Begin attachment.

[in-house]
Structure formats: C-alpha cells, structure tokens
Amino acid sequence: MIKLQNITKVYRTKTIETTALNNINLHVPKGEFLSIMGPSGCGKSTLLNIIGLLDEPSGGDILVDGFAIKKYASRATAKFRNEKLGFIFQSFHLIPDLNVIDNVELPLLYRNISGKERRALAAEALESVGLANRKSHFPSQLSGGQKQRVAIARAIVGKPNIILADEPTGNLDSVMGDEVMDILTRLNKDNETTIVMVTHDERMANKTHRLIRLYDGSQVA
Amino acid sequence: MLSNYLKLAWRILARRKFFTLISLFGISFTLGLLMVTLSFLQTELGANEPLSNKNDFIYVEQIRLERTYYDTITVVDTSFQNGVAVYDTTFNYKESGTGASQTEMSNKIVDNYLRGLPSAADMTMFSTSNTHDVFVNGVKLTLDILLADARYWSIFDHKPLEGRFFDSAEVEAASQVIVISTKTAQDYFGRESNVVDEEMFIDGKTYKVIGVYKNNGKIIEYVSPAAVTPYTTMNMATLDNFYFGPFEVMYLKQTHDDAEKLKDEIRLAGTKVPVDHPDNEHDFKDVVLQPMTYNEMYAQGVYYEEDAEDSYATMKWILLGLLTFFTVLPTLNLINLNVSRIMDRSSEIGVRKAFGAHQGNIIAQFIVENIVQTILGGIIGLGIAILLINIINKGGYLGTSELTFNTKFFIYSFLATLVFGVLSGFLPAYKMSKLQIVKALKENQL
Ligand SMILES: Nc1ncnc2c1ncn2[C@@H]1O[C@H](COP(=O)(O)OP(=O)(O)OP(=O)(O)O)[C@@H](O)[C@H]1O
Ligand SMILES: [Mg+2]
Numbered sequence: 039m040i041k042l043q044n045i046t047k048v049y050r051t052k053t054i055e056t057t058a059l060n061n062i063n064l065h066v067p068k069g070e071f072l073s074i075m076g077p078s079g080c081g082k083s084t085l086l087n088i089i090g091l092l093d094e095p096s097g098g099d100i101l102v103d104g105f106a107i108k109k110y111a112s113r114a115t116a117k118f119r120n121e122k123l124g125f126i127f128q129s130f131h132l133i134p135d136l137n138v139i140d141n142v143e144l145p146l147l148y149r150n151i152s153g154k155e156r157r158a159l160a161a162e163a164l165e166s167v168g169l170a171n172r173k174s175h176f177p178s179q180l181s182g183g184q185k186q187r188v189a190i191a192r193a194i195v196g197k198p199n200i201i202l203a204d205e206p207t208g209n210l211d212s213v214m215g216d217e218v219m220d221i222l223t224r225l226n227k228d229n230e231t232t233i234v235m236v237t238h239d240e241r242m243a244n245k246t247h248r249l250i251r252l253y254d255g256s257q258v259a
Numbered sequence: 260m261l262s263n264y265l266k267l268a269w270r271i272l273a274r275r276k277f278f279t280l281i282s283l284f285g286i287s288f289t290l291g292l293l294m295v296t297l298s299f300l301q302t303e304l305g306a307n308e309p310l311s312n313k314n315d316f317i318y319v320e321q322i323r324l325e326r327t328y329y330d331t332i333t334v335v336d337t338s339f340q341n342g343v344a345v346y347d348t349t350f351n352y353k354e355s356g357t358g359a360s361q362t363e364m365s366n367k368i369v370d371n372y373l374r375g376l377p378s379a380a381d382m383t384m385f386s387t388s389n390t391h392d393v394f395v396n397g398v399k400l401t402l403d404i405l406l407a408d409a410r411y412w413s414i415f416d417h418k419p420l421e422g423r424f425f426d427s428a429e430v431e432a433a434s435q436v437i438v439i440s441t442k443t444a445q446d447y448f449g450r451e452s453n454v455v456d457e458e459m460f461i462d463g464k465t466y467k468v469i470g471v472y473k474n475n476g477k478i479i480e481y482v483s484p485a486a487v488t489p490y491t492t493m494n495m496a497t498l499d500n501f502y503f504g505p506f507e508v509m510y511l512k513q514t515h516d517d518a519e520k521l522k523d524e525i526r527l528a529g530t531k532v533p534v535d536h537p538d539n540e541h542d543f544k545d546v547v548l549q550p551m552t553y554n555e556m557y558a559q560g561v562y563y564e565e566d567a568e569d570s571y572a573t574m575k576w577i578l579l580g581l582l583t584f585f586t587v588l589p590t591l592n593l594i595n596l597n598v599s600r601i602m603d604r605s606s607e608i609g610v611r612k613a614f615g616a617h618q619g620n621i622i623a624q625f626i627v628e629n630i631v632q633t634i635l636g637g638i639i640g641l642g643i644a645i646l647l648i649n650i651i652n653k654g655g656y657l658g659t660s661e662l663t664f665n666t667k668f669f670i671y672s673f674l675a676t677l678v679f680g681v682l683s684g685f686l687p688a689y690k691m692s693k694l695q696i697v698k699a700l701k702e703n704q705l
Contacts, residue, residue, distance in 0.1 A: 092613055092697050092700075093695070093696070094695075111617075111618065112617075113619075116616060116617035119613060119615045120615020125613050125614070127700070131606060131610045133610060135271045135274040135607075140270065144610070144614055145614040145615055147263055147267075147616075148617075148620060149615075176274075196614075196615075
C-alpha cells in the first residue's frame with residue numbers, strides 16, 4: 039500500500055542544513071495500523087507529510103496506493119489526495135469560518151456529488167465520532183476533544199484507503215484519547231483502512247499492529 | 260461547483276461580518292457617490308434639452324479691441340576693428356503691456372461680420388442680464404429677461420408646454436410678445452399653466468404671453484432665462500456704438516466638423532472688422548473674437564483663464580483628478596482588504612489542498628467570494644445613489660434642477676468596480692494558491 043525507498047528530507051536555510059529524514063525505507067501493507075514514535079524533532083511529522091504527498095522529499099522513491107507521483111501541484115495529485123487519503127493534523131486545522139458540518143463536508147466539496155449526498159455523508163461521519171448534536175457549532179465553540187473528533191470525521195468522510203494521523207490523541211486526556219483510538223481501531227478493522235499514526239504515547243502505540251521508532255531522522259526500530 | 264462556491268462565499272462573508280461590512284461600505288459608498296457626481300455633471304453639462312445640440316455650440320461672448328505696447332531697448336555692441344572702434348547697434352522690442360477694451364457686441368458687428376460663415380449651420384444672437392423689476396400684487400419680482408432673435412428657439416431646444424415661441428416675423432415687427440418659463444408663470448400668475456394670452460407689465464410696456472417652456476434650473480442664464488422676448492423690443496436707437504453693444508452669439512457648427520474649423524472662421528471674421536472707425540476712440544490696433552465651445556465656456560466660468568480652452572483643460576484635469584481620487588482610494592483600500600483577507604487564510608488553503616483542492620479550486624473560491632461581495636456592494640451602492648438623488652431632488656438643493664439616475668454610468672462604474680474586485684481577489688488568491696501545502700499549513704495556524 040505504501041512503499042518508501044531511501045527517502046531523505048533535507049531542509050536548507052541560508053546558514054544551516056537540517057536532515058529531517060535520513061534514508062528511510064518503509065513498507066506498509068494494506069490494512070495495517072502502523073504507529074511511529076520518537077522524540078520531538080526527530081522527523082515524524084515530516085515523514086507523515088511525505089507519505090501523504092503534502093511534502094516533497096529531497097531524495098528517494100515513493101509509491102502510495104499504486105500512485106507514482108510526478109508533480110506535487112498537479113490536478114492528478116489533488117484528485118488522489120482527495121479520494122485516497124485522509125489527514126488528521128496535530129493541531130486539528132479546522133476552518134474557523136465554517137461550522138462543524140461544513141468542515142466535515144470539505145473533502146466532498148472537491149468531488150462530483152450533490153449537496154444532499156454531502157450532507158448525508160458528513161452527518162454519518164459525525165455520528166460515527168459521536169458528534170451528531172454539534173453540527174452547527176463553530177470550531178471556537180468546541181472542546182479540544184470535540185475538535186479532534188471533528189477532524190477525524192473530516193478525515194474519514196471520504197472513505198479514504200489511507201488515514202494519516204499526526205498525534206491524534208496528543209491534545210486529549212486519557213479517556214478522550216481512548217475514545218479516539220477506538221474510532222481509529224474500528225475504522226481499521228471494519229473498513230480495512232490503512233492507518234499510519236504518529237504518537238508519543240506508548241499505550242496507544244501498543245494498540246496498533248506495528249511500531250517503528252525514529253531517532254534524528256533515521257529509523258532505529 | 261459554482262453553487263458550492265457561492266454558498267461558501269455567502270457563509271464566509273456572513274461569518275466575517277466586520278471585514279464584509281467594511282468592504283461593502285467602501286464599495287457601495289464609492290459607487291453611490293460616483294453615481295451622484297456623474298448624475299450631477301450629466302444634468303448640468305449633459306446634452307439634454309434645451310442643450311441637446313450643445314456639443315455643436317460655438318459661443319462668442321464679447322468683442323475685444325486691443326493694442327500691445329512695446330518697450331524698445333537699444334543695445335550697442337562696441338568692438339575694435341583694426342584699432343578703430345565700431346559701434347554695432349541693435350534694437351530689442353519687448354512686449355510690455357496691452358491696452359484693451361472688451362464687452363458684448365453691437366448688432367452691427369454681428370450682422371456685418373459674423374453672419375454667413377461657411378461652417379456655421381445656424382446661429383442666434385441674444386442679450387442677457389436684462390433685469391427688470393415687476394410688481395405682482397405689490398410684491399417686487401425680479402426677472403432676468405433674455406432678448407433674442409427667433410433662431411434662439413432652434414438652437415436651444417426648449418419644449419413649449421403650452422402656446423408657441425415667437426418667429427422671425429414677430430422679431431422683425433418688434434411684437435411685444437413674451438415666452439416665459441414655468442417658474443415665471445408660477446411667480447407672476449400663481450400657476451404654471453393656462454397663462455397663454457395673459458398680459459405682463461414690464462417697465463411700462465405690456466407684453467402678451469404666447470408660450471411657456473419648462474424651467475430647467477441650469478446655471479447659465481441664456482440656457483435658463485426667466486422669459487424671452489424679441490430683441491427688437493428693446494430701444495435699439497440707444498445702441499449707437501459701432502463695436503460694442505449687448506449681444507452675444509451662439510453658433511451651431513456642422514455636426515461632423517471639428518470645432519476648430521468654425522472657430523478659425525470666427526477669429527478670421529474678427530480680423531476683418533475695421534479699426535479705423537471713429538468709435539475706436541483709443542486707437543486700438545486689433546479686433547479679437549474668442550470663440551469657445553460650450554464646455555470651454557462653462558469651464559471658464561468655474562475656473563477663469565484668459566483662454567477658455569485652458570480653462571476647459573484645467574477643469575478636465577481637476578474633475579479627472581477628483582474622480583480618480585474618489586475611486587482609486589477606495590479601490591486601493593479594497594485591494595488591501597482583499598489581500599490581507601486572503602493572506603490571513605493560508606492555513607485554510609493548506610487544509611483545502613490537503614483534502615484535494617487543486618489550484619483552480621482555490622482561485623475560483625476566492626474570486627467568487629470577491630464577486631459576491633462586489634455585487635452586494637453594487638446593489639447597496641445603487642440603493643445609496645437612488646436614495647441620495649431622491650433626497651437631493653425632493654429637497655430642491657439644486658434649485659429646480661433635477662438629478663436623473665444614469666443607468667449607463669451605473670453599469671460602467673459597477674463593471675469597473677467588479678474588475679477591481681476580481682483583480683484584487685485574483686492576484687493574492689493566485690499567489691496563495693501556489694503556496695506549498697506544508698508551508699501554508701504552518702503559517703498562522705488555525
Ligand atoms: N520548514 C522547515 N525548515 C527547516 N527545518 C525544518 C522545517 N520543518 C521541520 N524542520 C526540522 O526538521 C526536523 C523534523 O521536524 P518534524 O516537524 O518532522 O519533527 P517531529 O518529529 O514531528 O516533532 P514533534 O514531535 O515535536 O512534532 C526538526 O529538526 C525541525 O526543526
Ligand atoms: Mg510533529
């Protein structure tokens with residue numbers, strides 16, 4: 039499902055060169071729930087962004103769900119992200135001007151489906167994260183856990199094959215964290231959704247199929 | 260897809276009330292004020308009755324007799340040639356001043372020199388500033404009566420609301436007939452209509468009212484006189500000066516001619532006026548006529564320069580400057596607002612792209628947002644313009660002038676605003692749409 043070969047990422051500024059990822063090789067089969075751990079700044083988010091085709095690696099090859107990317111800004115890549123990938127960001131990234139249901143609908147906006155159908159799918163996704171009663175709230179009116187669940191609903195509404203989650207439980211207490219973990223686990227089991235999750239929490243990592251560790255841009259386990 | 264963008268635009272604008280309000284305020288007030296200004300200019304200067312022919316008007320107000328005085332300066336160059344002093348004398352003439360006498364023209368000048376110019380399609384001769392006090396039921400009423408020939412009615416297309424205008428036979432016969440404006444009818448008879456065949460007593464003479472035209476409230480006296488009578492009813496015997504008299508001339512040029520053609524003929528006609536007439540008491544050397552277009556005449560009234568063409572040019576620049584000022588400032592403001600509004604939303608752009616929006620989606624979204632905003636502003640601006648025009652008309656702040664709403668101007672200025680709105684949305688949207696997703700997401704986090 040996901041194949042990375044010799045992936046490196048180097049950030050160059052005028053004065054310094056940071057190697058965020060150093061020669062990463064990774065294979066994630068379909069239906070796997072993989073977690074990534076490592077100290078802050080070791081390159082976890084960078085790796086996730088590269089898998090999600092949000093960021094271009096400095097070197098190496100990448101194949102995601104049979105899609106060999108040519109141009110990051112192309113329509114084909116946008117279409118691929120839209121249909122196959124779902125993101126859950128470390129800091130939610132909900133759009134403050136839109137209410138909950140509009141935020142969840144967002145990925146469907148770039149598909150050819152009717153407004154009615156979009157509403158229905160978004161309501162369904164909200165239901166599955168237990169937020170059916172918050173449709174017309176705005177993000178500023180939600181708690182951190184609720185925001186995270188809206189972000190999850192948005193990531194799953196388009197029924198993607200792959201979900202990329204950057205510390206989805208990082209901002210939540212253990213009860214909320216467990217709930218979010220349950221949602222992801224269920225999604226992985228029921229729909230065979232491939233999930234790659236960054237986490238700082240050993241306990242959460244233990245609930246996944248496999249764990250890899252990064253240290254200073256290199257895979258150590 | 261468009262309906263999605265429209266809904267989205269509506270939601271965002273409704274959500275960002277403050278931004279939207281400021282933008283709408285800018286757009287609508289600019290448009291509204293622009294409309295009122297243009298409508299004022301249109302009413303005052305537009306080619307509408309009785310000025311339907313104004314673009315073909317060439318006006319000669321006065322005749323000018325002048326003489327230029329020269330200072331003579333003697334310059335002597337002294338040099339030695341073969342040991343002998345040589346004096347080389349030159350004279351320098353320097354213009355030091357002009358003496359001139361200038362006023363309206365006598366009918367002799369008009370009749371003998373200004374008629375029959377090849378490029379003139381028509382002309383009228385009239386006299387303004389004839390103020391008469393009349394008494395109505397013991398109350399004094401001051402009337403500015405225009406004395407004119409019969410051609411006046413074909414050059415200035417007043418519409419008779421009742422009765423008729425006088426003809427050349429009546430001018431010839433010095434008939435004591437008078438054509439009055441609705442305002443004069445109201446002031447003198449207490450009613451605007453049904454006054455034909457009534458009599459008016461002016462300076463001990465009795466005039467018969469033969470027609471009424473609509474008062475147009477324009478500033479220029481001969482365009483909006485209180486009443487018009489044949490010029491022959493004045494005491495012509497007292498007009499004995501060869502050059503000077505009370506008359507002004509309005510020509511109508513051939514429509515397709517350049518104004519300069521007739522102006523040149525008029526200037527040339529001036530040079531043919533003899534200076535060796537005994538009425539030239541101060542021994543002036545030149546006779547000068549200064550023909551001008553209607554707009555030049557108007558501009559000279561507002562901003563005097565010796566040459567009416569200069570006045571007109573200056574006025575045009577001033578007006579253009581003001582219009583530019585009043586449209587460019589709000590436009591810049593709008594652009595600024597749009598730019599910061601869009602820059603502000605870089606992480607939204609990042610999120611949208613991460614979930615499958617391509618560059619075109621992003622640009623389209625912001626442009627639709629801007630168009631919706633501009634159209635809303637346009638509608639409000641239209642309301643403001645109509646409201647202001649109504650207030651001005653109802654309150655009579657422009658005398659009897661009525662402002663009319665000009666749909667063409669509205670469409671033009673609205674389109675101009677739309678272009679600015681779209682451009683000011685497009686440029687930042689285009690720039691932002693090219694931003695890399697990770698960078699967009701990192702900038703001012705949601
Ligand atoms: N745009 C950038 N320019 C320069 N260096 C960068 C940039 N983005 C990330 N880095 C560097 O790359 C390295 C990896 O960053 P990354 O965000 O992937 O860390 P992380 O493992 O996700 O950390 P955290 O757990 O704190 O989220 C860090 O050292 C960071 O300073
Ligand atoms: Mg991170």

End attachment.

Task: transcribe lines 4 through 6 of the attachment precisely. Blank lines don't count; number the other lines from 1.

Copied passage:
Amino acid sequence: MLSNYLKLAWRILARRKFFTLISLFGISFTLGLLMVTLSFLQTELGANEPLSNKNDFIYVEQIRLERTYYDTITVVDTSFQNGVAVYDTTFNYKESGTGASQTEMSNKIVDNYLRGLPSAADMTMFSTSNTHDVFVNGVKLTLDILLADARYWSIFDHKPLEGRFFDSAEVEAASQVIVISTKTAQDYFGRESNVVDEEMFIDGKTYKVIGVYKNNGKIIEYVSPAAVTPYTTMNMATLDNFYFGPFEVMYLKQTHDDAEKLKDEIRLAGTKVPVDHPDNEHDFKDVVLQPMTYNEMYAQGVYYEEDAEDSYATMKWILLGLLTFFTVLPTLNLINLNVSRIMDRSSEIGVRKAFGAHQGNIIAQFIVENIVQTILGGIIGLGIAILLINIINKGGYLGTSELTFNTKFFIYSFLATLVFGVLSGFLPAYKMSKLQIVKALKENQL
Ligand SMILES: Nc1ncnc2c1ncn2[C@@H]1O[C@H](COP(=O)(O)OP(=O)(O)OP(=O)(O)O)[C@@H](O)[C@H]1O
Ligand SMILES: [Mg+2]